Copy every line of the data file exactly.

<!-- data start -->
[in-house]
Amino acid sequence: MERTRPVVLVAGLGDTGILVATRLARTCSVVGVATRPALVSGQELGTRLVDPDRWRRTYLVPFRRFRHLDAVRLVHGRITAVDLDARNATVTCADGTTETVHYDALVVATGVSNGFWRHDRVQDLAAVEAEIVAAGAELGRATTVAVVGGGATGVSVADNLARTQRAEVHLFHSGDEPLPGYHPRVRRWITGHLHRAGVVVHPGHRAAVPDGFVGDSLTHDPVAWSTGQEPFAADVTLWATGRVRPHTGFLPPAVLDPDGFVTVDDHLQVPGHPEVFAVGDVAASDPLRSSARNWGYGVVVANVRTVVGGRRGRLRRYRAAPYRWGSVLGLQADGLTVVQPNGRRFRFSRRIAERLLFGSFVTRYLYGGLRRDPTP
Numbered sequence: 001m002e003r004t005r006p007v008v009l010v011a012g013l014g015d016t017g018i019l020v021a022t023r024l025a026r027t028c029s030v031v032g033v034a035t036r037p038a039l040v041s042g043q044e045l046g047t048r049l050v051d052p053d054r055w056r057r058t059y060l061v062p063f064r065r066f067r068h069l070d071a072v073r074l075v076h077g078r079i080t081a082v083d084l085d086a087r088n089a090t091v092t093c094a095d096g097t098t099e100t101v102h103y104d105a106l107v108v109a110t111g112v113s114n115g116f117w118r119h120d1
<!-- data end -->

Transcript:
[in-house]
Amino acid sequence: MERTRPVVLVAGLGDTGILVATRLARTCSVVGVATRPALVSGQELGTRLVDPDRWRRTYLVPFRRFRHLDAVRLVHGRITAVDLDARNATVTCADGTTETVHYDALVVATGVSNGFWRHDRVQDLAAVEAEIVAAGAELGRATTVAVVGGGATGVSVADNLARTQRAEVHLFHSGDEPLPGYHPRVRRWITGHLHRAGVVVHPGHRAAVPDGFVGDSLTHDPVAWSTGQEPFAADVTLWATGRVRPHTGFLPPAVLDPDGFVTVDDHLQVPGHPEVFAVGDVAASDPLRSSARNWGYGVVVANVRTVVGGRRGRLRRYRAAPYRWGSVLGLQADGLTVVQPNGRRFRFSRRIAERLLFGSFVTRYLYGGLRRDPTP
Numbered sequence: 001m002e003r004t005r006p007v008v009l010v011a012g013l014g015d016t017g018i019l020v021a022t023r024l025a026r027t028c029s030v031v032g033v034a035t036r037p038a039l040v041s042g043q044e045l046g047t048r049l050v051d052p053d054r055w056r057r058t059y060l061v062p063f064r065r066f067r068h069l070d071a072v073r074l075v076h077g078r079i080t081a082v083d084l085d086a087r088n089a090t091v092t093c094a095d096g097t098t099e100t101v102h103y104d105a106l107v108v109a110t111g112v113s114n115g116f117w118r119h120d1